(C) Stella Adler was one of the most influential artists in the American theater, training several generations of actors whose ranks included
Brilliant! I have to say, as someone who regularly writes GMAT SC practice questions, I am always impressed by the brilliance of the folks at GMAC. This one is 100% correct. Unlike the "who" modifier in (A), the "training" modifier is a little more flexible ---- it can be thought of as modifying the entire independent clause, so it doesn't need to "touch" anything. The truly brilliant part is --- the sentence creates the expectation that the underlined section would end:
... several generations of actors, including ...
That would have been perfectly correct. Of course, if we just replaced the active participle "including" with the passive participle "included", that would be entirely incorrect:
...several generations of actors, included ...
Instead, the folks at GMAC came up with this very clever alternative:
...several generations of actors whose ranks included...
This is different from what one might have expected, but it's 100% correct. Here, the word "included" is not a participle, but a full bonafide verb, the verb of the clause beginning with "whose ranks." Because this structure was unexpected and less familiar, I see that many folks on this page rejected choice (C). That's the sign of a very well written question, if the correct answer is something that many people thing sounds wrong.

OA = (C)

laxieqv wrote:
btw, I double-check :P ...Robert was born in 1943 ....Brando 1924 ....clearly they were from two different generations

I don't know whether laxieqv, who posted that comment 9 years ago, is still following this post, but just FYI, in the first Godfather movie, Marlon Brando plays the elderly father Vito Corleone, and in the following, Godfather II, Robert Di Nero (a generation younger than Brando), played the young Vito Corleone in the flashback portions. I highly recommend both of those movies as classics.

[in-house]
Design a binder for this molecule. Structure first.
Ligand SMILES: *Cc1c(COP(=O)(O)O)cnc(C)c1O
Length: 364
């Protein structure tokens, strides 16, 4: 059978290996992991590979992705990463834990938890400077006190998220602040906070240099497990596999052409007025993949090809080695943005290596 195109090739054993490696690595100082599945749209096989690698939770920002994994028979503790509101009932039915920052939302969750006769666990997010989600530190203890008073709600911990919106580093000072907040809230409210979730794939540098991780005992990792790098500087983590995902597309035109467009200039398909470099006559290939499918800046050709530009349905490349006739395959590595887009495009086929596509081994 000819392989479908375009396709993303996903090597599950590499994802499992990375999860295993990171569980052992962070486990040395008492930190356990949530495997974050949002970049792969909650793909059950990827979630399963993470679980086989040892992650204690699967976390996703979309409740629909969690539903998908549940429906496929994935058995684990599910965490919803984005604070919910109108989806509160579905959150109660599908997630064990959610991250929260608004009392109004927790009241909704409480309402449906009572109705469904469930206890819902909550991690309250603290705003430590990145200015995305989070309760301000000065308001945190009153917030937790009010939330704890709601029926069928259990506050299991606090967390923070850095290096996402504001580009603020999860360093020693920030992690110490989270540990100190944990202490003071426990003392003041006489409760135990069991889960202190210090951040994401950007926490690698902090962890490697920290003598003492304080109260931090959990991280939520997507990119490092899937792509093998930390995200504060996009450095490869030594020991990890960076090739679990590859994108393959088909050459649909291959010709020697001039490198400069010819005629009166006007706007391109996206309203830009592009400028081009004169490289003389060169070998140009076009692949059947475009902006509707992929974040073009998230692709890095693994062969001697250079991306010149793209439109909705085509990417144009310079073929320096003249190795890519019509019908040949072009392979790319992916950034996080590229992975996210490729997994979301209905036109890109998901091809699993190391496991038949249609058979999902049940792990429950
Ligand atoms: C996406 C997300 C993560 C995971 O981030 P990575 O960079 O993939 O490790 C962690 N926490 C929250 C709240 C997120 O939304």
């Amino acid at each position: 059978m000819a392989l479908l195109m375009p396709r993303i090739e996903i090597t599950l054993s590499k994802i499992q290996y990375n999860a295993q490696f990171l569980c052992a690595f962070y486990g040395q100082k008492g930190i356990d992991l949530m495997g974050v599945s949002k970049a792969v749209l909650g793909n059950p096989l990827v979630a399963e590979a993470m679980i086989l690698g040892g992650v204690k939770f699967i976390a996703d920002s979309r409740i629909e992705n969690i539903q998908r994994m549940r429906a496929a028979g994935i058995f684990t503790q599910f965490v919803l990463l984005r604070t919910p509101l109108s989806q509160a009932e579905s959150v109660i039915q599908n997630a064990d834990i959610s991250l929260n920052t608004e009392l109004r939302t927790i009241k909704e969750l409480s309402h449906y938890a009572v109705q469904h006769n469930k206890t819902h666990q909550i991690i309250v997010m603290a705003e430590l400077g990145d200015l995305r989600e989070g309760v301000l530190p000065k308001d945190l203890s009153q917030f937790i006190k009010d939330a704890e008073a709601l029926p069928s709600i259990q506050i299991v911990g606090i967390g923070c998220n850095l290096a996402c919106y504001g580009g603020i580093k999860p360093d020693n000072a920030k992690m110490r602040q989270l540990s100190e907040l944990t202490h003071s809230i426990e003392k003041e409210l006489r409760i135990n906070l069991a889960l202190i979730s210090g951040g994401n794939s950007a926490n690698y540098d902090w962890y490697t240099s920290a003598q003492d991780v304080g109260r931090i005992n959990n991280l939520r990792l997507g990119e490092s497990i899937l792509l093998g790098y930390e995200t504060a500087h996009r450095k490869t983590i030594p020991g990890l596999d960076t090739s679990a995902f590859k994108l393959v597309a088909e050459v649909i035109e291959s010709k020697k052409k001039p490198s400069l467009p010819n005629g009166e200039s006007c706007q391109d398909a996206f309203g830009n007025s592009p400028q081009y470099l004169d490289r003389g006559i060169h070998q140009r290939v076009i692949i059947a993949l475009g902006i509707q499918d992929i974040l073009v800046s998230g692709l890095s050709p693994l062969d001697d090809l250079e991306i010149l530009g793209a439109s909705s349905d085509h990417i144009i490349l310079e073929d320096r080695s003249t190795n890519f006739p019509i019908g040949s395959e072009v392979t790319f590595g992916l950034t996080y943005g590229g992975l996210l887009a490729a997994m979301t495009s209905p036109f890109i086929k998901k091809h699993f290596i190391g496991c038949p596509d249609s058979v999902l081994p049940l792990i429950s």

Does all this make sense?
Mike :-)


Hi, thanks for your explanation. I had a strong doubt on this one because of another question in the OG 2018.
Here is the question:

Despite the increasing number of women graduating from law school and passing bar examinations, the proportion of judges and parteners at major law firms who are women have not risen to a comparable extent.
Choice C: the proportion of judges and partners at major law firms who are women has not risen comparably.
Choice D: yet the proportion of women judges and parteners at major law firms has not risen to a comparable

The right choice is C. In this answer, we see clearly that the ‘who’ is a modifier of ‘firms’ not ‘judges and Partners’ by using the rule talked by everybody in this topic. The OG says that the modifying clause ‘who are women’ follows ‘judges and partners at major law firms’ as closely as is possible given the content of the sentence. This really made me confusing.

I think the ultimate correct explanation should be this one: generations of actors including is not correct beacause generations could not include names of people. Otherwise, if we pick up the answer C ‘training several generations of actors’, the training is a modifier of theatre actually. Then it can make sense for answer A by indicating that the ‘Who’ is a modifier of theatre.

I did choose A at the beginning.
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Re: As an actress and, more importantly, as a teacher of acting, Stella   [#permalink] 12 Feb 2019, 14:27